The airplane now begins system checks, fueling and engine runs on the flight line. Once completed, the airplane will begin flight testing in the coming weeks – the final phase of verification of the operational characteristics and overall performance of a new airplane.

The 737 MAX 9 is scheduled to enter service in 2018. The 737 MAX 8 is on track to deliver to customers in the second quarter of 2017.

Photos: Boeing.

Copa Airlines orders 61 Boeing 737 MAX 8 and MAX 9 airliners

COPA 737 MAX 8 Artwork

Copa Airlines (Panama City) has entered into a historic landmark order with Boeing (Chicago, Seattle and Charleston) for 61 Boeing 737 MAX 8 and MAX 9 airliners (previously listed as unidentified). Boeing issued this statement and image:

Panama President Juan Carlos Varela Rodriguez and U.S. President Barack Obama witnessed a historic agreement in which Copa Airlines and Boeing announced an order for 61 737 MAX 8 and MAX 9 airplanes. The order, valued at $6.6 billion at list prices, is the largest commercial transaction ever between a Panamanian and a U.S.-based company.

The signing ceremony took place in Panama City as leaders from throughout the Western Hemisphere gathered for the seventh Summit of the Americas.

Presidents Varela and Obama were on hand as Copa Chairman Stanley Motta, Copa CEO Pedro Heilbron and Boeing Chairman and CEO Jim McNerney signed documents recognizing the agreement. The airplanes were previously attributed to an unidentified customer on Boeing’s Orders and Deliveries web site.

Copa Airlines will use the airplanes to replace existing airplanes and support the carrier’s plans for strategic growth. Copa will be the first airline in the region to operate the 737 MAX 9 on deep South American routes. The 737 MAX 9’s range and passenger comfort are ideally suited to Copa’s long-haul route network.

The 737 MAX also features the Boeing Sky Interior, which Copa helped launch in Latin America on its Next-Generation 737 fleet. The sleek interior boasts modern lines, a spacious cabin with more headroom and LED lighting that offers vibrant color options.

To date, the 737 MAX has accumulated 2,715 orders from 57 customers around the world.

Image: Boeing.

Copa Airlines aircraft slide show: AG Airline Slide Show

 

Randy Tinseth of Boeing counters Airbus’ claim the A321neo is a Boeing 757 replacement

3D imagery, 737 MAX, MAX, 737 MAX 7, 737 MAX8, 737 MAX 9

Randy Tinseth, the vice president of marketing for the Boeing Commercial Airplanes in Seattle responded to claims airline customers are still waiting for a true Boeing 757 replacement. Randy also countered Airbus’ claims the proposed A321neo is a 757 replacement.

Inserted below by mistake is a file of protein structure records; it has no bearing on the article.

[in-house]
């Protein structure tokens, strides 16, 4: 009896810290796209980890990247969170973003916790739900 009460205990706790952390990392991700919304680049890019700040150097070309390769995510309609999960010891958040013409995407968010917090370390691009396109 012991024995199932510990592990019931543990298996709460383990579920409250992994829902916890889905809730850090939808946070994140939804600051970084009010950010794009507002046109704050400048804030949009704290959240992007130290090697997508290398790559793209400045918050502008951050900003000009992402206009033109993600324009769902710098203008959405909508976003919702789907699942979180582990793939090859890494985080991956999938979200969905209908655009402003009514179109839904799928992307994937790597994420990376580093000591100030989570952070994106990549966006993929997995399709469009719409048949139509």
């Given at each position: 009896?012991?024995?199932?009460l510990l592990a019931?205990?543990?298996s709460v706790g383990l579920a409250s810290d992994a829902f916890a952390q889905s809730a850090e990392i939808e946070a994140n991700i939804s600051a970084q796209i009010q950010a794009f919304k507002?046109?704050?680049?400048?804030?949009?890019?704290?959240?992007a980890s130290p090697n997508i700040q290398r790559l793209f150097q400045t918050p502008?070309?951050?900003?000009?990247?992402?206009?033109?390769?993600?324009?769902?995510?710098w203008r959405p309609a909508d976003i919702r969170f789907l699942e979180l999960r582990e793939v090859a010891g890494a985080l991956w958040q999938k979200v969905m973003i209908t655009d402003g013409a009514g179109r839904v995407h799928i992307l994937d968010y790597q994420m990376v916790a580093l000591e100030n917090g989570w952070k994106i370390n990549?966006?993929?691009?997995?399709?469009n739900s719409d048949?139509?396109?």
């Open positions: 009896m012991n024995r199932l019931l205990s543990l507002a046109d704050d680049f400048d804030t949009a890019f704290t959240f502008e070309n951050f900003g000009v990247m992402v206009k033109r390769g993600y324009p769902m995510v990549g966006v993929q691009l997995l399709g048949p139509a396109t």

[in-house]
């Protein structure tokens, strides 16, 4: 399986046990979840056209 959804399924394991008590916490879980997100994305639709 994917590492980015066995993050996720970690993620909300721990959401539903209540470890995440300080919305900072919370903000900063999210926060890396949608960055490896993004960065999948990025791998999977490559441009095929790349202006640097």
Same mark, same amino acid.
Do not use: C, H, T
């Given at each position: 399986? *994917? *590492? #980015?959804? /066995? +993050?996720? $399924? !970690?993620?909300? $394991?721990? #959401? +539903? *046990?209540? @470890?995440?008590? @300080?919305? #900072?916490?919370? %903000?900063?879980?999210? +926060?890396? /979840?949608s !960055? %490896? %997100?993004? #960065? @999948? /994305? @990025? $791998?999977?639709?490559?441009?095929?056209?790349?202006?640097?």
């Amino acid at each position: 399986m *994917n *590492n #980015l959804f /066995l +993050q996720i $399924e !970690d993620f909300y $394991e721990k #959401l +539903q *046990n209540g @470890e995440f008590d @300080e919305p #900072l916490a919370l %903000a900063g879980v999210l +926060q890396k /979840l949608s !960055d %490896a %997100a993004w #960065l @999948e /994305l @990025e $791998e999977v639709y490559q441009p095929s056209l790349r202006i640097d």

Randy wrote the following on his Randy’s Journal:

There’s been a lot of talk lately about a replacement for the 757. The fact is, today’s 737 and other airplanes its size already fly 90 percent of flights that used to be operated with a 757. And in the future, that number will jump to 95 percent thanks to airplanes like the 737 MAX.

For example, take Norwegian. They recently announced plans to use the 737 MAX 8 on transatlantic routes beginning in 2017. Other large 757 operators have publicly noted their continued discussions with Boeing around airplanes for trans-Atlantic missions.

Meanwhile, Airbus claims its proposed long ranger version of the A321neo is a true 757 replacement. In reality, it falls short in two big ways. It can’t match the 757’s range, and it can’t carry as many passengers.

The 737 MAX 9 and the A321neoLR are both capable of North Atlantic range by adding auxiliary tanks, with the 737 MAX 9 flying the mission more efficiently. The A321neoLR needs three auxiliary tanks and increased takeoff weight— while the 737 MAX 9 could do the mission with just one auxiliary tank, allowing for more cargo space.

The 737 MAX is a great airplane that’s sized right for the heart of the single-aisle market— along with the right range capabilities. It’s a key part of our overall product development strategy, that along with the 777X and 787-10, is set for the next decade.

As for that space in between the upper end of the 737 and the 787-8, we continue to talk with our customers to better understand their needs in the future.

Image: Boeing. The Boeing 737 MAX 8 and MAX 9.

Boeing and Avolon finalize an order for 787 Dreamliners, 737 MAXs

Avolon logo

Boeing (Chicago and Seattle) and leasing company Avolon have finalized an order for six 787-9 Dreamliners and five additional 737 MAX 9s, valued at more than $2.1 billion at list prices. Avolon announced a commitment to purchase the airplanes during the 2014 Farnborough Airshow in July.

This marks Avolon’s first order for the 787 Dreamliner and will increase the lessor’s 737 MAX portfolio to 20 airplanes.

The 737 MAX has surpassed 2,200 orders from 47 customers worldwide. The largest in the 737 MAX family, the 737 MAX 9 offers the best fuel-efficiency per seat and will be 7 percent per trip less expensive to operate than its competitor, the A321neo. The 737 MAX 9 provides versatile growth capacity for airlines needing larger single-aisle options in their fleet.

Boeing and Avolon announce a commitment for 787 Dreamliners and additional 737 MAXs

Avolon 787-9 and 737 MAX 9 (Boeing)(LRW)